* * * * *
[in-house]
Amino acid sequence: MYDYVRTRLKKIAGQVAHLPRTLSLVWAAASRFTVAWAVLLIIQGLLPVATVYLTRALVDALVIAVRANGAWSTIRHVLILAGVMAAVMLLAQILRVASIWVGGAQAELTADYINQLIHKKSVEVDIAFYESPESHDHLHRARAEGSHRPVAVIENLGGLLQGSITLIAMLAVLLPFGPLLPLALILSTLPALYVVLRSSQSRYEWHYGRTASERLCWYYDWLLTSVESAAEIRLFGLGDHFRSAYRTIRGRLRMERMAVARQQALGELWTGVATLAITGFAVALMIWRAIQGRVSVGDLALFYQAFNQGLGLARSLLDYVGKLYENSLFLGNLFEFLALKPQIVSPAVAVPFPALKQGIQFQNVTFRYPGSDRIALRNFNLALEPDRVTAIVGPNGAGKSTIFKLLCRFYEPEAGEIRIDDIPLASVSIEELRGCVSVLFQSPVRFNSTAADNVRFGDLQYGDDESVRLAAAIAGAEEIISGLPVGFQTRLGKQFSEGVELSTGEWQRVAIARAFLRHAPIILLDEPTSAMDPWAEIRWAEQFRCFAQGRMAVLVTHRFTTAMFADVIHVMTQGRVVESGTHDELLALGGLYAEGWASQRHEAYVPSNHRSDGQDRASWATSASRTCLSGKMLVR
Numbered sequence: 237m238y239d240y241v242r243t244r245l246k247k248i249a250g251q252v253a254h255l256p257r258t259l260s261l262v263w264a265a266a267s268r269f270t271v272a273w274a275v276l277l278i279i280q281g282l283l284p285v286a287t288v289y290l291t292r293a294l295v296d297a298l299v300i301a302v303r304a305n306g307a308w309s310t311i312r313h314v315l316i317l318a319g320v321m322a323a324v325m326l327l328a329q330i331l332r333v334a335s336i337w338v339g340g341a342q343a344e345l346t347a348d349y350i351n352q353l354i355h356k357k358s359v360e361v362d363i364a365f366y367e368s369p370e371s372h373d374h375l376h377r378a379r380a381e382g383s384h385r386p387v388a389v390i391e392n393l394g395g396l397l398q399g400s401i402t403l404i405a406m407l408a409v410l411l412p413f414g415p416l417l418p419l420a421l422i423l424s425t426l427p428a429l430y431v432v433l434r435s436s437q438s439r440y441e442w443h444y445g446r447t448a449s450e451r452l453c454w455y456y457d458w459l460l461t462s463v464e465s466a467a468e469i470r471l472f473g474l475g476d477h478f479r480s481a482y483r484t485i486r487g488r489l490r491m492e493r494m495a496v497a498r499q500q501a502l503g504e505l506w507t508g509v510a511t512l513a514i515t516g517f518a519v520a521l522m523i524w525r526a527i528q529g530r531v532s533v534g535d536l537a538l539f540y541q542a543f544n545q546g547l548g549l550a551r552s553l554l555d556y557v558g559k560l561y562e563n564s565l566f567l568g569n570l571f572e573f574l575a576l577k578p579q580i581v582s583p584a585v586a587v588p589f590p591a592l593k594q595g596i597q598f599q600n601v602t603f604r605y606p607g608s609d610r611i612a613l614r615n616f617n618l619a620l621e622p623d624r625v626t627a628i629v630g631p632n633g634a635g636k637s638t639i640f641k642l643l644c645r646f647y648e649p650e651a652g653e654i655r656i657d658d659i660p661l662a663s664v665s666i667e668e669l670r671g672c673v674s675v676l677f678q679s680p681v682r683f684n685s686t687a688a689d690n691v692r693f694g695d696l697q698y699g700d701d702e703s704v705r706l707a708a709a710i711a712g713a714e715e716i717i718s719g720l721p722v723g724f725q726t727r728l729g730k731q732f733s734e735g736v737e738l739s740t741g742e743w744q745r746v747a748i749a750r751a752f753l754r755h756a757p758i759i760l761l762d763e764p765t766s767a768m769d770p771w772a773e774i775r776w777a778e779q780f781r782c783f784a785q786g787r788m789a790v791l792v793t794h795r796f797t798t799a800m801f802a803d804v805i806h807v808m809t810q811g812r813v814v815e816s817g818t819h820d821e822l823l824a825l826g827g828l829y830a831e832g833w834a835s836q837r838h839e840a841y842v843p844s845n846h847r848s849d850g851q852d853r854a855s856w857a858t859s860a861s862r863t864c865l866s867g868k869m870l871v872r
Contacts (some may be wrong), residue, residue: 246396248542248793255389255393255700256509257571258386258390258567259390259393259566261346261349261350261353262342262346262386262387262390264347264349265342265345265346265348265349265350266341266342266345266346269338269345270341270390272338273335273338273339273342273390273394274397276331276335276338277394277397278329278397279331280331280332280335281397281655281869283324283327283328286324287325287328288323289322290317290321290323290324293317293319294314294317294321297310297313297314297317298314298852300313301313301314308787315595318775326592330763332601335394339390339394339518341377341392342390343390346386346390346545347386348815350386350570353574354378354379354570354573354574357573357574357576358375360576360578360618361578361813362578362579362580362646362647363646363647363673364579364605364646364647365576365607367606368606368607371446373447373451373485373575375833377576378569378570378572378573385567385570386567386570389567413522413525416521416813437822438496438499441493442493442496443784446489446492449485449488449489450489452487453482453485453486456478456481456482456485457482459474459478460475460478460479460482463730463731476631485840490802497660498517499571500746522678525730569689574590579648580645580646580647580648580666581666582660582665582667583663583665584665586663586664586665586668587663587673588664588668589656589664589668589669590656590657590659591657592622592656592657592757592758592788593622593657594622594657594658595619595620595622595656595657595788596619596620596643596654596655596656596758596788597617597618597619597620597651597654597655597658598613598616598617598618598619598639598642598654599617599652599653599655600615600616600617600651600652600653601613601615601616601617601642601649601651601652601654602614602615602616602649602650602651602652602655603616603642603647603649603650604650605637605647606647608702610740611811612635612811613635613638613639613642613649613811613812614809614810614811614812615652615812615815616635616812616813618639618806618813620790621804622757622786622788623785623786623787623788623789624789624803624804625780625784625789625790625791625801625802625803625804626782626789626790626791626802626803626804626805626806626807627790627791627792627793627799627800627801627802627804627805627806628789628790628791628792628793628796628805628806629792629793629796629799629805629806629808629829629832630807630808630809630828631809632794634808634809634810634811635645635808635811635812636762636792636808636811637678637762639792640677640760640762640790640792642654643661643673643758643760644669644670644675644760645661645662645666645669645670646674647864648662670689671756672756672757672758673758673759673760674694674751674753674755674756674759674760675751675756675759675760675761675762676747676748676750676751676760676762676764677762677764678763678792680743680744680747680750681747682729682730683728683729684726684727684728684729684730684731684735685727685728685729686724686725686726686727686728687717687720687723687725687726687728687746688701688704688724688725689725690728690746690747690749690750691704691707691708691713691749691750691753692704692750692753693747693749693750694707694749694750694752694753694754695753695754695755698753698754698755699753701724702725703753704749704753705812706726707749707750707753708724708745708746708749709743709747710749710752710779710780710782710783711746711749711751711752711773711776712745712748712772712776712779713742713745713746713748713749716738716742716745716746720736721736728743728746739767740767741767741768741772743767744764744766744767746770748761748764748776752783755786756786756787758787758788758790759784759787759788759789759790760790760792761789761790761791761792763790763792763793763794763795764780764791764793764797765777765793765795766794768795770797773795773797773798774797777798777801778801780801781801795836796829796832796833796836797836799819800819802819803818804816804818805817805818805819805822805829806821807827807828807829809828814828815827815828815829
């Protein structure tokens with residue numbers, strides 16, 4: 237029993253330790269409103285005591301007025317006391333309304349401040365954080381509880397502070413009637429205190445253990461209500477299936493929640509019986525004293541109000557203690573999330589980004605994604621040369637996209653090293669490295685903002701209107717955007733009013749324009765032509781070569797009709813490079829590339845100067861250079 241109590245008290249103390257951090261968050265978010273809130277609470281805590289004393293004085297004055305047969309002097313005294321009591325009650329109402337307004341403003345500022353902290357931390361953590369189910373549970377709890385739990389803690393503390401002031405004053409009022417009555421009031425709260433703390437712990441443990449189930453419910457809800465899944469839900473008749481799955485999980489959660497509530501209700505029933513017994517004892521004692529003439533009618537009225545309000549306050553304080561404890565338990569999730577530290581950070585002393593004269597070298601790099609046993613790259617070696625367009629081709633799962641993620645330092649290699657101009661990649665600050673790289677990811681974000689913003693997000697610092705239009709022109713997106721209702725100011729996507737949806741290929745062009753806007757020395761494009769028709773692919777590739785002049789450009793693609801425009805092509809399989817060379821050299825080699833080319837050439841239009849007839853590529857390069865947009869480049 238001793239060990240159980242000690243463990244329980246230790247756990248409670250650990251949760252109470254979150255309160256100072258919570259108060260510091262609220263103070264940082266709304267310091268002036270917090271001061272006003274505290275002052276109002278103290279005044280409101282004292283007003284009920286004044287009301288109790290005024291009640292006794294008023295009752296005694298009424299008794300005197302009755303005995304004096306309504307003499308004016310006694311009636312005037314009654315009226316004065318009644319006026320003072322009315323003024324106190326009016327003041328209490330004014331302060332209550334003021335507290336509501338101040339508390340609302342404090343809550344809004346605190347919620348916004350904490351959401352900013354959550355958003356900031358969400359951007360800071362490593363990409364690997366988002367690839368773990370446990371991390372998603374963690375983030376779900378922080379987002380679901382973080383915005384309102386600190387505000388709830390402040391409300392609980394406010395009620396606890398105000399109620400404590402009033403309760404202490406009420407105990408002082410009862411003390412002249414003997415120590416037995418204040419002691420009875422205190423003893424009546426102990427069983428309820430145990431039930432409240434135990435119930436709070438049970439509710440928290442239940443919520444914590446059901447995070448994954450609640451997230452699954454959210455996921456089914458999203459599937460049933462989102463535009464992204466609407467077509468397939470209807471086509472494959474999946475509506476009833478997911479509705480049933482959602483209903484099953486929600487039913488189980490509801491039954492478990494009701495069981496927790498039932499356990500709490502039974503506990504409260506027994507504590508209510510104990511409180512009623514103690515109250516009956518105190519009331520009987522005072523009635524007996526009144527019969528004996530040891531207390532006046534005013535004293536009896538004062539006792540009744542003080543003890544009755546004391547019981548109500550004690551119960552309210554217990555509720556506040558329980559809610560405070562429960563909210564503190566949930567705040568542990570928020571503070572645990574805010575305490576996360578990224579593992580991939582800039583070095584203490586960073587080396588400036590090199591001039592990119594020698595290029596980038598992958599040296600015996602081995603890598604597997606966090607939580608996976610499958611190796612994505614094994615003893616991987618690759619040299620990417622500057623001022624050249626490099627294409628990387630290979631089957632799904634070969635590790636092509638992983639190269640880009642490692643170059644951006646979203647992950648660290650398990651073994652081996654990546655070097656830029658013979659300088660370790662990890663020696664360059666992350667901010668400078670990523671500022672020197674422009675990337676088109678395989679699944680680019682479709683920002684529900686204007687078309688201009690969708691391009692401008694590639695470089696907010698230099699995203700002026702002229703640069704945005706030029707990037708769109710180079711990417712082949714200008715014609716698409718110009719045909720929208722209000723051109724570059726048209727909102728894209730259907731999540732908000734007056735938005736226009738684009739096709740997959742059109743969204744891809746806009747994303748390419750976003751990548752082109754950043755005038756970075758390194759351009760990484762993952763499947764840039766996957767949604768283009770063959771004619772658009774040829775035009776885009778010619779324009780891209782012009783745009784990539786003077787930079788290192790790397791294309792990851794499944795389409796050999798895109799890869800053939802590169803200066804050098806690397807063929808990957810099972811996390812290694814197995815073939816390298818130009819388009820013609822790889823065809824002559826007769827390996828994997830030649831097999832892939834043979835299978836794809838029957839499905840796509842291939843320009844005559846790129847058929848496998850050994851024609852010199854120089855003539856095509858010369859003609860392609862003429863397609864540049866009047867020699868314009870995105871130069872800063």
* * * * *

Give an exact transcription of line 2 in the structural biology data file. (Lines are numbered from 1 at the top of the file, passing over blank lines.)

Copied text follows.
Amino acid sequence: MYDYVRTRLKKIAGQVAHLPRTLSLVWAAASRFTVAWAVLLIIQGLLPVATVYLTRALVDALVIAVRANGAWSTIRHVLILAGVMAAVMLLAQILRVASIWVGGAQAELTADYINQLIHKKSVEVDIAFYESPESHDHLHRARAEGSHRPVAVIENLGGLLQGSITLIAMLAVLLPFGPLLPLALILSTLPALYVVLRSSQSRYEWHYGRTASERLCWYYDWLLTSVESAAEIRLFGLGDHFRSAYRTIRGRLRMERMAVARQQALGELWTGVATLAITGFAVALMIWRAIQGRVSVGDLALFYQAFNQGLGLARSLLDYVGKLYENSLFLGNLFEFLALKPQIVSPAVAVPFPALKQGIQFQNVTFRYPGSDRIALRNFNLALEPDRVTAIVGPNGAGKSTIFKLLCRFYEPEAGEIRIDDIPLASVSIEELRGCVSVLFQSPVRFNSTAADNVRFGDLQYGDDESVRLAAAIAGAEEIISGLPVGFQTRLGKQFSEGVELSTGEWQRVAIARAFLRHAPIILLDEPTSAMDPWAEIRWAEQFRCFAQGRMAVLVTHRFTTAMFADVIHVMTQGRVVESGTHDELLALGGLYAEGWASQRHEAYVPSNHRSDGQDRASWATSASRTCLSGKMLVR